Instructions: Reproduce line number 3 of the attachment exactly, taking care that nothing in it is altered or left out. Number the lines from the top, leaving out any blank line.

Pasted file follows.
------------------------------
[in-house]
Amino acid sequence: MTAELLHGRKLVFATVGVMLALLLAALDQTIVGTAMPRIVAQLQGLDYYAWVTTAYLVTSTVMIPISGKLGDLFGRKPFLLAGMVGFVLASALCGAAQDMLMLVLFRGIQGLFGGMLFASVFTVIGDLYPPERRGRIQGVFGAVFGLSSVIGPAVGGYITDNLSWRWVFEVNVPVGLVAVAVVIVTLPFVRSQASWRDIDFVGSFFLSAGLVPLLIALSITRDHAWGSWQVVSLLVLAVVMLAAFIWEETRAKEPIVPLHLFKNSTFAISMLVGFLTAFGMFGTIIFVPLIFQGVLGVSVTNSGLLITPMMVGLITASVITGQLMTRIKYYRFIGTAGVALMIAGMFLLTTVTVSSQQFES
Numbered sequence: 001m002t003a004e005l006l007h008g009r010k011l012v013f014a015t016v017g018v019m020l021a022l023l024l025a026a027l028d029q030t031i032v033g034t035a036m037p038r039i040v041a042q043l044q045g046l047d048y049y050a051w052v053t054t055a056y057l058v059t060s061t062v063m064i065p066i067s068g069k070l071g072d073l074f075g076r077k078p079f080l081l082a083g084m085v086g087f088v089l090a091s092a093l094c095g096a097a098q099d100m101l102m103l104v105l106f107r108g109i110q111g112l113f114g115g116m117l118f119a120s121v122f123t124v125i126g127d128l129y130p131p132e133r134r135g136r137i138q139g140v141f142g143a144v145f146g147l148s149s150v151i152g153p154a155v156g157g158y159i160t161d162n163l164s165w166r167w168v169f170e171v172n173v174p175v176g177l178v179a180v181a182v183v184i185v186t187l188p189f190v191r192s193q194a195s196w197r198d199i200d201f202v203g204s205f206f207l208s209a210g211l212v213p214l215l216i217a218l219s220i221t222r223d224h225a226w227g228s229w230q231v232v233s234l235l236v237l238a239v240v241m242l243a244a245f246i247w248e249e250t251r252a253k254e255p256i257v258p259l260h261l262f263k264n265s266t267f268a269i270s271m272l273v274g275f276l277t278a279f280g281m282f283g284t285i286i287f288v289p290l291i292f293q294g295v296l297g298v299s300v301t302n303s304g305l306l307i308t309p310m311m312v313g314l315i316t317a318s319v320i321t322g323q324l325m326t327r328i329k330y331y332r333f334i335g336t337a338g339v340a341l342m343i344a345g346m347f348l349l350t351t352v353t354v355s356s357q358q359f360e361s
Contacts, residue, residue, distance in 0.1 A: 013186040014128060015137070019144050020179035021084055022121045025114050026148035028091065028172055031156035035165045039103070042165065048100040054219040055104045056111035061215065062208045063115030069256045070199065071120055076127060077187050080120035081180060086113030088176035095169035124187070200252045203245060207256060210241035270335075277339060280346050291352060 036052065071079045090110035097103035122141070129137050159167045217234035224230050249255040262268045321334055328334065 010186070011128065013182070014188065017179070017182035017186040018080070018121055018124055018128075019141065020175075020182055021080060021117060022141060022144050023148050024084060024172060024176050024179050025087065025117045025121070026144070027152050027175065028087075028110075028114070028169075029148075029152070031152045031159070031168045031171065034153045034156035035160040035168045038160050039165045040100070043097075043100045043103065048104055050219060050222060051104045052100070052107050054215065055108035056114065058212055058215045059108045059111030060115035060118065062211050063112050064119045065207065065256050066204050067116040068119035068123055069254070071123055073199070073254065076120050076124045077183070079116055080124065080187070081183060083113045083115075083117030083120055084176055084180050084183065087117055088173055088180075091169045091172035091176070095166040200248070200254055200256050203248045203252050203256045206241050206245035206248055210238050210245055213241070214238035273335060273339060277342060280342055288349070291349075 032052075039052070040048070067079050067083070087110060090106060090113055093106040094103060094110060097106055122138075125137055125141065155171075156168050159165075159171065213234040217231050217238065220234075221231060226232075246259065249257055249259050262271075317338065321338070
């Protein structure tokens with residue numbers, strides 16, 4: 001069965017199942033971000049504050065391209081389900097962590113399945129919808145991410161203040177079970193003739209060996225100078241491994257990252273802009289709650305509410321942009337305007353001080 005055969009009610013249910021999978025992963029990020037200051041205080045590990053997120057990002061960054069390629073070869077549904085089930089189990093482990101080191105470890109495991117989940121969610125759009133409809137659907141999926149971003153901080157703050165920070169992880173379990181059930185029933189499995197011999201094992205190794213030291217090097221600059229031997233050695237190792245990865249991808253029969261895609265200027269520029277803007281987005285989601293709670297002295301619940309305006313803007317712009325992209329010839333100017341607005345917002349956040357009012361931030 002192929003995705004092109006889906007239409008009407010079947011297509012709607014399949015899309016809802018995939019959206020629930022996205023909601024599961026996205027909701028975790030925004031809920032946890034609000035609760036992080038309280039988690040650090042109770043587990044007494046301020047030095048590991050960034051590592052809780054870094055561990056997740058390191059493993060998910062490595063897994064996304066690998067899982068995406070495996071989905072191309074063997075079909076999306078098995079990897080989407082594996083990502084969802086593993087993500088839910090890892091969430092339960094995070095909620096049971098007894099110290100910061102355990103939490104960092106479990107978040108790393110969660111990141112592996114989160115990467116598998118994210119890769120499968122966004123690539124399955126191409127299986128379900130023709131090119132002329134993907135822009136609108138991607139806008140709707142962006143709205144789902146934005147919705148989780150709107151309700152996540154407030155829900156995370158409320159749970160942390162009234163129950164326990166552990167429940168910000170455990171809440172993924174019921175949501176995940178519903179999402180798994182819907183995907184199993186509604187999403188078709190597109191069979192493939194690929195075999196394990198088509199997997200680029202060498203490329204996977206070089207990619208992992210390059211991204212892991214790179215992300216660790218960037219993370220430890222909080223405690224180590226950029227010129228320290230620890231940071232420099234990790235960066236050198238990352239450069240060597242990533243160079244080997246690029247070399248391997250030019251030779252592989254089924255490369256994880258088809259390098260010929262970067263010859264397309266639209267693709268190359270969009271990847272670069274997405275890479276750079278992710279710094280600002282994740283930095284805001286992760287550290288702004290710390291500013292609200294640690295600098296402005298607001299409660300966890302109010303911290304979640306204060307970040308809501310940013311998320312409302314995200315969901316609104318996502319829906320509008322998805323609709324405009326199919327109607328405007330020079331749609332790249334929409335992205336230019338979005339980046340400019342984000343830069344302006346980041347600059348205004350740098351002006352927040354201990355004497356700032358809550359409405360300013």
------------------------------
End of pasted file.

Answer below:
Numbered sequence: 001m002t003a004e005l006l007h008g009r010k011l012v013f014a015t016v017g018v019m020l021a022l023l024l025a026a027l028d029q030t031i032v033g034t035a036m037p038r039i040v041a042q043l044q045g046l047d048y049y050a051w052v053t054t055a056y057l058v059t060s061t062v063m064i065p066i067s068g069k070l071g072d073l074f075g076r077k078p079f080l081l082a083g084m085v086g087f088v089l090a091s092a093l094c095g096a097a098q099d100m101l102m103l104v105l106f107r108g109i110q111g112l113f114g115g116m117l118f119a120s121v122f123t124v125i126g127d128l129y130p131p132e133r134r135g136r137i138q139g140v141f142g143a144v145f146g147l148s149s150v151i152g153p154a155v156g157g158y159i160t161d162n163l164s165w166r167w168v169f170e171v172n173v174p175v176g177l178v179a180v181a182v183v184i185v186t187l188p189f190v191r192s193q194a195s196w197r198d199i200d201f202v203g204s205f206f207l208s209a210g211l212v213p214l215l216i217a218l219s220i221t222r223d224h225a226w227g228s229w230q231v232v233s234l235l236v237l238a239v240v241m242l243a244a245f246i247w248e249e250t251r252a253k254e255p256i257v258p259l260h261l262f263k264n265s266t267f268a269i270s271m272l273v274g275f276l277t278a279f280g281m282f283g284t285i286i287f288v289p290l291i292f293q294g295v296l297g298v299s300v301t302n303s304g305l306l307i308t309p310m311m312v313g314l315i316t317a318s319v320i321t322g323q324l325m326t327r328i329k330y331y332r333f334i335g336t337a338g339v340a341l342m343i344a345g346m347f348l349l350t351t352v353t354v355s356s357q358q359f360e361s